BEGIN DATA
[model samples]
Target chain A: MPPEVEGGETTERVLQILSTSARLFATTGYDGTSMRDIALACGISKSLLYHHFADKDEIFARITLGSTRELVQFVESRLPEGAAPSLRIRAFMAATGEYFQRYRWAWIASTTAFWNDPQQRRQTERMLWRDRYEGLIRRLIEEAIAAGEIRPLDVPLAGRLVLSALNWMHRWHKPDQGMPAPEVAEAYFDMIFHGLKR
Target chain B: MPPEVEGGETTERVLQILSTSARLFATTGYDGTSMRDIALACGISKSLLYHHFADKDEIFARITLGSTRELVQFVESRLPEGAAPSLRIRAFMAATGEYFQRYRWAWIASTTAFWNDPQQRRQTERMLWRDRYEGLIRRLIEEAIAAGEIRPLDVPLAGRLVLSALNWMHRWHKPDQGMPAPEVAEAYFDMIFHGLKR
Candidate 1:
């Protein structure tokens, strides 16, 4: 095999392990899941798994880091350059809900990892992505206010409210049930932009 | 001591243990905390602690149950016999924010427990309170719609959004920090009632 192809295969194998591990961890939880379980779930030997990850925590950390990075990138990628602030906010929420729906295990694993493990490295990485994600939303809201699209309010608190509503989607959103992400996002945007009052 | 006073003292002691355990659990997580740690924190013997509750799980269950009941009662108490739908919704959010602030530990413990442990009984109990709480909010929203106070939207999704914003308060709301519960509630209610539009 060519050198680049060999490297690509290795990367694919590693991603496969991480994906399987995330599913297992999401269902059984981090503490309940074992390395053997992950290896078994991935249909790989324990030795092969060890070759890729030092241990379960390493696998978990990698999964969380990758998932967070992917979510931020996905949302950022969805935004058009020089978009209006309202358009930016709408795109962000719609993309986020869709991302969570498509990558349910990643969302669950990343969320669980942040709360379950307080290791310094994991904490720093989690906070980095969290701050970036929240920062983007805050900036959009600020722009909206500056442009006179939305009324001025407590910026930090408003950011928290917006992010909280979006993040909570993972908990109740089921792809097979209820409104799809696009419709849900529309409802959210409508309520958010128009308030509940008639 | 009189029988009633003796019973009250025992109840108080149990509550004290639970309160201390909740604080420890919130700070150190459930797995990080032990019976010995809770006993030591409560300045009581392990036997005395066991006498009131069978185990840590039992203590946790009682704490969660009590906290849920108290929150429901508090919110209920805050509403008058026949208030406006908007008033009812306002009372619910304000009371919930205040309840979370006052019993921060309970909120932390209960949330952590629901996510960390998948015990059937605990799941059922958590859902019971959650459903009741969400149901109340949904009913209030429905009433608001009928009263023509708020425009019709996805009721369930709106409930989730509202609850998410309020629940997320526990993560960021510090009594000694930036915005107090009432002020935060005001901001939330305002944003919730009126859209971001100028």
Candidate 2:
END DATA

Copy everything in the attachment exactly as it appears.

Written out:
[model samples]
Target chain A: MPPEVEGGETTERVLQILSTSARLFATTGYDGTSMRDIALACGISKSLLYHHFADKDEIFARITLGSTRELVQFVESRLPEGAAPSLRIRAFMAATGEYFQRYRWAWIASTTAFWNDPQQRRQTERMLWRDRYEGLIRRLIEEAIAAGEIRPLDVPLAGRLVLSALNWMHRWHKPDQGMPAPEVAEAYFDMIFHGLKR
Target chain B: MPPEVEGGETTERVLQILSTSARLFATTGYDGTSMRDIALACGISKSLLYHHFADKDEIFARITLGSTRELVQFVESRLPEGAAPSLRIRAFMAATGEYFQRYRWAWIASTTAFWNDPQQRRQTERMLWRDRYEGLIRRLIEEAIAAGEIRPLDVPLAGRLVLSALNWMHRWHKPDQGMPAPEVAEAYFDMIFHGLKR
Candidate 1:
């Protein structure tokens, strides 16, 4: 095999392990899941798994880091350059809900990892992505206010409210049930932009 | 001591243990905390602690149950016999924010427990309170719609959004920090009632 192809295969194998591990961890939880379980779930030997990850925590950390990075990138990628602030906010929420729906295990694993493990490295990485994600939303809201699209309010608190509503989607959103992400996002945007009052 | 006073003292002691355990659990997580740690924190013997509750799980269950009941009662108490739908919704959010602030530990413990442990009984109990709480909010929203106070939207999704914003308060709301519960509630209610539009 060519050198680049060999490297690509290795990367694919590693991603496969991480994906399987995330599913297992999401269902059984981090503490309940074992390395053997992950290896078994991935249909790989324990030795092969060890070759890729030092241990379960390493696998978990990698999964969380990758998932967070992917979510931020996905949302950022969805935004058009020089978009209006309202358009930016709408795109962000719609993309986020869709991302969570498509990558349910990643969302669950990343969320669980942040709360379950307080290791310094994991904490720093989690906070980095969290701050970036929240920062983007805050900036959009600020722009909206500056442009006179939305009324001025407590910026930090408003950011928290917006992010909280979006993040909570993972908990109740089921792809097979209820409104799809696009419709849900529309409802959210409508309520958010128009308030509940008639 | 009189029988009633003796019973009250025992109840108080149990509550004290639970309160201390909740604080420890919130700070150190459930797995990080032990019976010995809770006993030591409560300045009581392990036997005395066991006498009131069978185990840590039992203590946790009682704490969660009590906290849920108290929150429901508090919110209920805050509403008058026949208030406006908007008033009812306002009372619910304000009371919930205040309840979370006052019993921060309970909120932390209960949330952590629901996510960390998948015990059937605990799941059922958590859902019971959650459903009741969400149901109340949904009913209030429905009433608001009928009263023509708020425009019709996805009721369930709106409930989730509202609850998410309020629940997320526990993560960021510090009594000694930036915005107090009432002020935060005001901001939330305002944003919730009126859209971001100028």
Candidate 2: